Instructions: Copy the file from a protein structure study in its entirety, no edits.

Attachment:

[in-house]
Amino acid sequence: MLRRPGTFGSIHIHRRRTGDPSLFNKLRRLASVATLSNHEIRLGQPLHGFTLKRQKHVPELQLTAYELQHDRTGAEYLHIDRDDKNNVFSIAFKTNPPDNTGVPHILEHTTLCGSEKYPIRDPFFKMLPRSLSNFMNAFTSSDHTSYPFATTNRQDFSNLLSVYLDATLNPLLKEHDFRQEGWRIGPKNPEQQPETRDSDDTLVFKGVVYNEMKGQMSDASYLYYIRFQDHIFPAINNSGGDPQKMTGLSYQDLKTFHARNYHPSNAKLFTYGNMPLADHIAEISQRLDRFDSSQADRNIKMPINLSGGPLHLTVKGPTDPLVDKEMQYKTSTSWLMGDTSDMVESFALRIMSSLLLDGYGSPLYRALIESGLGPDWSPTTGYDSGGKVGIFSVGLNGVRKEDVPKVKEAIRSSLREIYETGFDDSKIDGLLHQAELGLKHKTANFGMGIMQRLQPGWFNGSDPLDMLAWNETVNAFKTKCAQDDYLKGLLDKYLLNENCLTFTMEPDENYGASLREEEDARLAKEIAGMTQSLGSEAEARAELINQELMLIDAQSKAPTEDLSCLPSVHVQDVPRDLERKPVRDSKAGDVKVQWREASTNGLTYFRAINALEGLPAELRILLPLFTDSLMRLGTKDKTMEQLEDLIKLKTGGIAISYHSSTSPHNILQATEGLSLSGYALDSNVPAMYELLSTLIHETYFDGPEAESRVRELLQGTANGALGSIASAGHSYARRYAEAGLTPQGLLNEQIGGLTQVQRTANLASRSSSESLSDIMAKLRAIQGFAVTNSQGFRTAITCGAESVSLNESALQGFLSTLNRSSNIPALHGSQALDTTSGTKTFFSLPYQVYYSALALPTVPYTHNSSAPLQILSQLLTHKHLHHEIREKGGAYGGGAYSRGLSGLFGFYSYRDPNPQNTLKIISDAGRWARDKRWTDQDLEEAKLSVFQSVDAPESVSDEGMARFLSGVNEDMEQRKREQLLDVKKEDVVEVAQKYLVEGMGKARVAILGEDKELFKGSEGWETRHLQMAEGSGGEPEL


[in-house]
Amino acid sequence: MLRRPGTFGSIHIHRRRTGDPSLFNKLRRLASVATLSNHEIRLGQPLHGFTLKRQKHVPELQLTAYELQHDRTGAEYLHIDRDDKNNVFSIAFKTNPPDNTGVPHILEHTTLCGSEKYPIRDPFFKMLPRSLSNFMNAFTSSDHTSYPFATTNRQDFSNLLSVYLDATLNPLLKEHDFRQEGWRIGPKNPEQQPETRDSDDTLVFKGVVYNEMKGQMSDASYLYYIRFQDHIFPAINNSGGDPQKMTGLSYQDLKTFHARNYHPSNAKLFTYGNMPLADHIAEISQRLDRFDSSQADRNIKMPINLSGGPLHLTVKGPTDPLVDKEMQYKTSTSWLMGDTSDMVESFALRIMSSLLLDGYGSPLYRALIESGLGPDWSPTTGYDSGGKVGIFSVGLNGVRKEDVPKVKEAIRSSLREIYETGFDDSKIDGLLHQAELGLKHKTANFGMGIMQRLQPGWFNGSDPLDMLAWNETVNAFKTKCAQDDYLKGLLDKYLLNENCLTFTMEPDENYGASLREEEDARLAKEIAGMTQSLGSEAEARAELINQELMLIDAQSKAPTEDLSCLPSVHVQDVPRDLERKPVRDSKAGDVKVQWREASTNGLTYFRAINALEGLPAELRILLPLFTDSLMRLGTKDKTMEQLEDLIKLKTGGIAISYHSSTSPHNILQATEGLSLSGYALDSNVPAMYELLSTLIHETYFDGPEAESRVRELLQGTANGALGSIASAGHSYARRYAEAGLTPQGLLNEQIGGLTQVQRTANLASRSSSESLSDIMAKLRAIQGFAVTNSQGFRTAITCGAESVSLNESALQGFLSTLNRSSNIPALHGSQALDTTSGTKTFFSLPYQVYYSALALPTVPYTHNSSAPLQILSQLLTHKHLHHEIREKGGAYGGGAYSRGLSGLFGFYSYRDPNPQNTLKIISDAGRWARDKRWTDQDLEEAKLSVFQSVDAPESVSDEGMARFLSGVNEDMEQRKREQLLDVKKEDVVEVAQKYLVEGMGKARVAILGEDKELFKGSEGWETRHLQMAEGSGGEPEL